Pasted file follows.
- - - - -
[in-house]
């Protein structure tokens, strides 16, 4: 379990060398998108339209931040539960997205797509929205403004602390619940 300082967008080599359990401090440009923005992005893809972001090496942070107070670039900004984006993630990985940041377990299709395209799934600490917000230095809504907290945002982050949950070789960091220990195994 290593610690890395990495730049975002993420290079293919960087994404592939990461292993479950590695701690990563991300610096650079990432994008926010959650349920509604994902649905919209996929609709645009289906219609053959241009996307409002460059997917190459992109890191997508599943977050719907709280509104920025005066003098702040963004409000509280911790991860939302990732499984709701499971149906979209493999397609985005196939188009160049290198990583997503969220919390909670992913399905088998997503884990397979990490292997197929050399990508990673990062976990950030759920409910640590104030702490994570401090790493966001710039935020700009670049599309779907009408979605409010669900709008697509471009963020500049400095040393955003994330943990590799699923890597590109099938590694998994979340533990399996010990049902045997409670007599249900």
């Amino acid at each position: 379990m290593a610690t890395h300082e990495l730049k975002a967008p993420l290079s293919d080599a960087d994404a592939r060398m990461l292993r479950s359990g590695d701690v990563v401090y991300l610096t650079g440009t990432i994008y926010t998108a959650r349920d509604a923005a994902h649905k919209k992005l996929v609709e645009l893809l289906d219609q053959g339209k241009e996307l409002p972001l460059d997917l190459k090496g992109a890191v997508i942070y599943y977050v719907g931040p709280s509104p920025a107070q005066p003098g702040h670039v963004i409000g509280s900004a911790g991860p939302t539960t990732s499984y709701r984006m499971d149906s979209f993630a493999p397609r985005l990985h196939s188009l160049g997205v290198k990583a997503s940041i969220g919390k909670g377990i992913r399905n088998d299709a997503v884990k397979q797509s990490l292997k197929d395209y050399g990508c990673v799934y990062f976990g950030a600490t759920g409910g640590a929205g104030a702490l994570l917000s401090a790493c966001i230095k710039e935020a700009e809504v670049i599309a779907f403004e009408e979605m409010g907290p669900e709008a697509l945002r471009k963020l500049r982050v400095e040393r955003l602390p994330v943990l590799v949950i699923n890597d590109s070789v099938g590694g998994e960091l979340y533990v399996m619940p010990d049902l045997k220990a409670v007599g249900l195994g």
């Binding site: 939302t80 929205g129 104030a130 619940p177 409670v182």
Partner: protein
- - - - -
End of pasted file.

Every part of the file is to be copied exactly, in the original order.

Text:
[in-house]
């Protein structure tokens, strides 16, 4: 379990060398998108339209931040539960997205797509929205403004602390619940 300082967008080599359990401090440009923005992005893809972001090496942070107070670039900004984006993630990985940041377990299709395209799934600490917000230095809504907290945002982050949950070789960091220990195994 290593610690890395990495730049975002993420290079293919960087994404592939990461292993479950590695701690990563991300610096650079990432994008926010959650349920509604994902649905919209996929609709645009289906219609053959241009996307409002460059997917190459992109890191997508599943977050719907709280509104920025005066003098702040963004409000509280911790991860939302990732499984709701499971149906979209493999397609985005196939188009160049290198990583997503969220919390909670992913399905088998997503884990397979990490292997197929050399990508990673990062976990950030759920409910640590104030702490994570401090790493966001710039935020700009670049599309779907009408979605409010669900709008697509471009963020500049400095040393955003994330943990590799699923890597590109099938590694998994979340533990399996010990049902045997409670007599249900």
């Amino acid at each position: 379990m290593a610690t890395h300082e990495l730049k975002a967008p993420l290079s293919d080599a960087d994404a592939r060398m990461l292993r479950s359990g590695d701690v990563v401090y991300l610096t650079g440009t990432i994008y926010t998108a959650r349920d509604a923005a994902h649905k919209k992005l996929v609709e645009l893809l289906d219609q053959g339209k241009e996307l409002p972001l460059d997917l190459k090496g992109a890191v997508i942070y599943y977050v719907g931040p709280s509104p920025a107070q005066p003098g702040h670039v963004i409000g509280s900004a911790g991860p939302t539960t990732s499984y709701r984006m499971d149906s979209f993630a493999p397609r985005l990985h196939s188009l160049g997205v290198k990583a997503s940041i969220g919390k909670g377990i992913r399905n088998d299709a997503v884990k397979q797509s990490l292997k197929d395209y050399g990508c990673v799934y990062f976990g950030a600490t759920g409910g640590a929205g104030a702490l994570l917000s401090a790493c966001i230095k710039e935020a700009e809504v670049i599309a779907f403004e009408e979605m409010g907290p669900e709008a697509l945002r471009k963020l500049r982050v400095e040393r955003l602390p994330v943990l590799v949950i699923n890597d590109s070789v099938g590694g998994e960091l979340y533990v399996m619940p010990d049902l045997k220990a409670v007599g249900l195994g």
């Binding site: 939302t80 929205g129 104030a130 619940p177 409670v182």
Partner: protein